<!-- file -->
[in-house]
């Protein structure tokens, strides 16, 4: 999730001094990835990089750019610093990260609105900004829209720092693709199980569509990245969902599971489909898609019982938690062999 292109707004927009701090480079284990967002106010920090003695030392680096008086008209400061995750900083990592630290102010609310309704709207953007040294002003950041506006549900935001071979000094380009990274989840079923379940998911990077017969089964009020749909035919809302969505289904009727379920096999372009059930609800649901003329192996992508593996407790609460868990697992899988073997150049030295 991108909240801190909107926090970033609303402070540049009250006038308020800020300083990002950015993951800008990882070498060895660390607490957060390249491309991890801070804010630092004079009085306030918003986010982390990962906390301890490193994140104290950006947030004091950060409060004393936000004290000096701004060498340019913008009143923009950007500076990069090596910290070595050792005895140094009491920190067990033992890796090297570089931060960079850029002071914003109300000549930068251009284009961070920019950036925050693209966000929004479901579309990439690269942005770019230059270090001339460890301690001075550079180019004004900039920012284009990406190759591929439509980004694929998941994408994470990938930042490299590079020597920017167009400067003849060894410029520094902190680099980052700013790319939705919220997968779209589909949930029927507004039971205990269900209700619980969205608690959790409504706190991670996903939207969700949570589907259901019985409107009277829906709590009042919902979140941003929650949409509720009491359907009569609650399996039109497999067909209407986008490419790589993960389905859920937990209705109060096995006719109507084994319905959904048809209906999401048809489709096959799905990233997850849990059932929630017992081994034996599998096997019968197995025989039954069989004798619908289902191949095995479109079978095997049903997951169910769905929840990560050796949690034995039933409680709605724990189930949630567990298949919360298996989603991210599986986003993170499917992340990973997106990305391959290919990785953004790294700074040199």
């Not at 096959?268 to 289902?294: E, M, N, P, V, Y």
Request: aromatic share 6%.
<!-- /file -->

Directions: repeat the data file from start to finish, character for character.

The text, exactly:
[in-house]
């Protein structure tokens, strides 16, 4: 999730001094990835990089750019610093990260609105900004829209720092693709199980569509990245969902599971489909898609019982938690062999 292109707004927009701090480079284990967002106010920090003695030392680096008086008209400061995750900083990592630290102010609310309704709207953007040294002003950041506006549900935001071979000094380009990274989840079923379940998911990077017969089964009020749909035919809302969505289904009727379920096999372009059930609800649901003329192996992508593996407790609460868990697992899988073997150049030295 991108909240801190909107926090970033609303402070540049009250006038308020800020300083990002950015993951800008990882070498060895660390607490957060390249491309991890801070804010630092004079009085306030918003986010982390990962906390301890490193994140104290950006947030004091950060409060004393936000004290000096701004060498340019913008009143923009950007500076990069090596910290070595050792005895140094009491920190067990033992890796090297570089931060960079850029002071914003109300000549930068251009284009961070920019950036925050693209966000929004479901579309990439690269942005770019230059270090001339460890301690001075550079180019004004900039920012284009990406190759591929439509980004694929998941994408994470990938930042490299590079020597920017167009400067003849060894410029520094902190680099980052700013790319939705919220997968779209589909949930029927507004039971205990269900209700619980969205608690959790409504706190991670996903939207969700949570589907259901019985409107009277829906709590009042919902979140941003929650949409509720009491359907009569609650399996039109497999067909209407986008490419790589993960389905859920937990209705109060096995006719109507084994319905959904048809209906999401048809489709096959799905990233997850849990059932929630017992081994034996599998096997019968197995025989039954069989004798619908289902191949095995479109079978095997049903997951169910769905929840990560050796949690034995039933409680709605724990189930949630567990298949919360298996989603991210599986986003993170499917992340990973997106990305391959290919990785953004790294700074040199």
């Not at 096959?268 to 289902?294: E, M, N, P, V, Y």
Request: aromatic share 6%.